The statement of PW 9 was recorded under Section 161 of Cr.P.C in the course of the investigation. He had not made any reference to the witness Dnyaneshwar Khutwad in his statement recorded under Section 161 of Cr.P.C. This witness had for the first time in his evidence recorded on 11.8.2015, had referred to the presence of Dnyaneshwar Khutwad at the place of the incident. It was on the basis of this improvised version which had come forth after a lapse of 10 years, that the prosecution had filed the application at Exh.143 and sought to examine Dnyaneshwar Khutwad as a witness. The learned Magistrate had allowed the said application by merely observing that no prejudice would be caused if the statement of Dnyaneshwar Khutwad is recorded under Section 161 of the Cr.P.C. and he is examined as a prosecution witness. Apart from quoting the relevant paragraphs from the judgment cited before him, the learned Magistrate has not assigned any reasons either for summoning Dnyaneshwar Khutwad as a prosecution witness or for concluding that the accused would not be prejudiced by such action.
22. It has to be borne in mind that Section 311 of the Cr.P.C. confers vast discretionary powers on the Court to receive additional evidence which is germane to the issue involved in the case. The Apex Court in Natasha and Vijay Kumar (Supra) while considering the scope and object ofSection 311 of the Cr.P.C., has emphasized that the power under this section must be exercised judiciously with great care and circumspection. These wide discretionary powers must be invoked to receive the evidence i.e. .essential for the just decision of the case. It, therefore, follows that the power under Section 311 of the Cr.P.C. cannot be exercised arbitrarily or capriciously.
The application under Section 311 of the Cr.P.C. cannot be allowed to fill up lacuna in the case of the prosecution or of the defence. Such additional evidence must not be received to the disadvantage of the defence of the accused or to cause serious prejudice to the defence of the accused or to give an unfair advantage to the other party. The only determinative factor in exercising the discretionary power under this section is that summoning / recalling of the witness is essential for the just decision of the case.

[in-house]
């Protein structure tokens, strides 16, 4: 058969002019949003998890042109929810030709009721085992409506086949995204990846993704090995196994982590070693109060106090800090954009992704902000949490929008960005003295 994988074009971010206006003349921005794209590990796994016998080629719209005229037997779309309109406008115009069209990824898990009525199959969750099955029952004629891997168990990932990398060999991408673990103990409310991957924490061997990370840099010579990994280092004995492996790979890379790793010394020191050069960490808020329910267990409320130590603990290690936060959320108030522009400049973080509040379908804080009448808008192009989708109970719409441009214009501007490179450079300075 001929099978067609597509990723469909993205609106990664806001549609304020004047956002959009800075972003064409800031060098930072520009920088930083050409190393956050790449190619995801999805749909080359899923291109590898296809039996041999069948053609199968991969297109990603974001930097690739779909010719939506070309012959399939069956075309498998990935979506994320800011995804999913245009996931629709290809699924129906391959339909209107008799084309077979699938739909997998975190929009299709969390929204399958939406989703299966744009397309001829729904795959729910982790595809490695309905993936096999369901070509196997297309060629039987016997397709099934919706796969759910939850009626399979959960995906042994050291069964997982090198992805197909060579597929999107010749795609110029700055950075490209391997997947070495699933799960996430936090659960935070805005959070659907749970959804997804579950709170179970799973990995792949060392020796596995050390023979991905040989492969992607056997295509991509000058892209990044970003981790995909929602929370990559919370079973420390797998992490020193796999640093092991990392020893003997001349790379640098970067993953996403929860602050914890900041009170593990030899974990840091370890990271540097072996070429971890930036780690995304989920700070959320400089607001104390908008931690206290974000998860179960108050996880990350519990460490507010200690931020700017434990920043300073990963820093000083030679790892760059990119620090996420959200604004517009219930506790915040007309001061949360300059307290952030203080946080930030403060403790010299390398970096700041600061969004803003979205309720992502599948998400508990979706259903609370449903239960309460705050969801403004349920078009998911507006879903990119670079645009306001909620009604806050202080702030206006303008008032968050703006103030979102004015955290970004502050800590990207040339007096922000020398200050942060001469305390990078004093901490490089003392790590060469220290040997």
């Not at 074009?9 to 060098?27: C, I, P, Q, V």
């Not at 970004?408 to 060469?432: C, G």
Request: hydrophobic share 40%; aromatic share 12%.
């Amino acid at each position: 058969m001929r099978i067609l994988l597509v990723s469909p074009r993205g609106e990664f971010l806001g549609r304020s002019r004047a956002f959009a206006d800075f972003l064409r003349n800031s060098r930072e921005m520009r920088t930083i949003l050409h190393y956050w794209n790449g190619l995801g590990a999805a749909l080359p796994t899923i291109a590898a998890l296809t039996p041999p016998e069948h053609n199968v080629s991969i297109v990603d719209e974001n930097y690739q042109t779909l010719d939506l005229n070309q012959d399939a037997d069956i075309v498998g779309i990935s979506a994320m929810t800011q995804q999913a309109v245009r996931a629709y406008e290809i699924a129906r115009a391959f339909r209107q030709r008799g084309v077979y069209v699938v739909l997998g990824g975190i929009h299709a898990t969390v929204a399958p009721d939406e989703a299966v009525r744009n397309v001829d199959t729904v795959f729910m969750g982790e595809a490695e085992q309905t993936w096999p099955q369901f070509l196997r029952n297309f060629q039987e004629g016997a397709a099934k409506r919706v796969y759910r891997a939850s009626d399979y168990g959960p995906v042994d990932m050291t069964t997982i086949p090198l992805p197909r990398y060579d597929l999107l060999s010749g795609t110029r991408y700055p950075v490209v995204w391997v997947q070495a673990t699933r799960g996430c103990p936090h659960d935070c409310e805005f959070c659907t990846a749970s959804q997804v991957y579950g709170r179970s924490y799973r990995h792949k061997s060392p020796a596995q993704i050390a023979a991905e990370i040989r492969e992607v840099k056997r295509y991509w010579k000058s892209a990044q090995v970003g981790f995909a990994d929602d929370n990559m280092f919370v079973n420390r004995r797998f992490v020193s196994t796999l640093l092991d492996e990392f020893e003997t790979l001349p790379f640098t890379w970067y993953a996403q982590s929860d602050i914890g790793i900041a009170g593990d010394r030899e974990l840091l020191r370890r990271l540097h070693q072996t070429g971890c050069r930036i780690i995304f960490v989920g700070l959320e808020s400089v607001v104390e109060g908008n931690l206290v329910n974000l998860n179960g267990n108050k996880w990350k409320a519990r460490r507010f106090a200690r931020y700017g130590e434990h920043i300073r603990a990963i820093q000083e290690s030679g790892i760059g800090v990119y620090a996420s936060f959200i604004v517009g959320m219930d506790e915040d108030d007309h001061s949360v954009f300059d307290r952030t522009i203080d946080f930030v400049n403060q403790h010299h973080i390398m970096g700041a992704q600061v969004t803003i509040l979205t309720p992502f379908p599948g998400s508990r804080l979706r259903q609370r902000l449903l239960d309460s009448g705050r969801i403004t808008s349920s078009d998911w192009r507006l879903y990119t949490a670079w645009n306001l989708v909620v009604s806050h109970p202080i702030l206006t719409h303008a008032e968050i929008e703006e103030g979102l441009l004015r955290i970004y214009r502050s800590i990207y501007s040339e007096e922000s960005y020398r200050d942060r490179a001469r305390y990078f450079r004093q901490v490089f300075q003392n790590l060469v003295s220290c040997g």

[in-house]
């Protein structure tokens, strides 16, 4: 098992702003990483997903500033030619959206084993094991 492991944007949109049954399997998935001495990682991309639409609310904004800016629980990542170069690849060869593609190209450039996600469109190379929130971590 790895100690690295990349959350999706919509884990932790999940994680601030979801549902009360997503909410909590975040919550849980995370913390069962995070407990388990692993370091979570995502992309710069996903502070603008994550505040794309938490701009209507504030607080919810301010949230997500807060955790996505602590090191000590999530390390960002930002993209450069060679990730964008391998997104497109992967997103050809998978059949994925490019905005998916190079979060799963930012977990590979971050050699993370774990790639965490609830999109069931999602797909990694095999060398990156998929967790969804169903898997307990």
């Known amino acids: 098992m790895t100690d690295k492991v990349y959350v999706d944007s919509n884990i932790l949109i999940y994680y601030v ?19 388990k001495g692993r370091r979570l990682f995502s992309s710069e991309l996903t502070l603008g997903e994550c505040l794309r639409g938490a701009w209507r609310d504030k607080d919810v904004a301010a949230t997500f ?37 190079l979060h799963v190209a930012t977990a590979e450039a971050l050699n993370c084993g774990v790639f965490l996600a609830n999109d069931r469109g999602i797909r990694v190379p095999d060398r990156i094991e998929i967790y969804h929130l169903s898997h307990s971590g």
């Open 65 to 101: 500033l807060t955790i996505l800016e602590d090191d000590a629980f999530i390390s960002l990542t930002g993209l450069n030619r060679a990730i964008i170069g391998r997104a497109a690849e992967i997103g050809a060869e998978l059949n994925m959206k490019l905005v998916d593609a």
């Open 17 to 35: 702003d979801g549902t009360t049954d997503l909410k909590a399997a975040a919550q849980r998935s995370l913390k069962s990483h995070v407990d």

23. In the instant case, the learned Magistrate has not considered whether the evidence of Dnyaneshwar Khutwad was germane to the issue or whether it was essential for the just decision of the case. On the contrary, under the garb of exercising the powers under Section 311 of the Cr.P.C., the learned Magistrate has allowed the prosecution to introduce the new witness as to fill up the lacuna in the case of the prosecution. Such exercise of power gives unfair advantage to the prosecution and further causes prejudice to the defence of the accused. In my considered view, the learned Magistrate has not exercised the discretion judiciously but has exercised the same arbitrarily to the disadvantage of the accused. The said order, therefore, cannot be sustained.
Bombay High Court
Sanjay Vasant Kadam vs The State Of Maharashtra on 29 October, 2015
Bench: Anuja Prabhudessai
DATED : 29th OCTOBER, 2015.
Citation;2016 CRLJ(NOC)103 Bom
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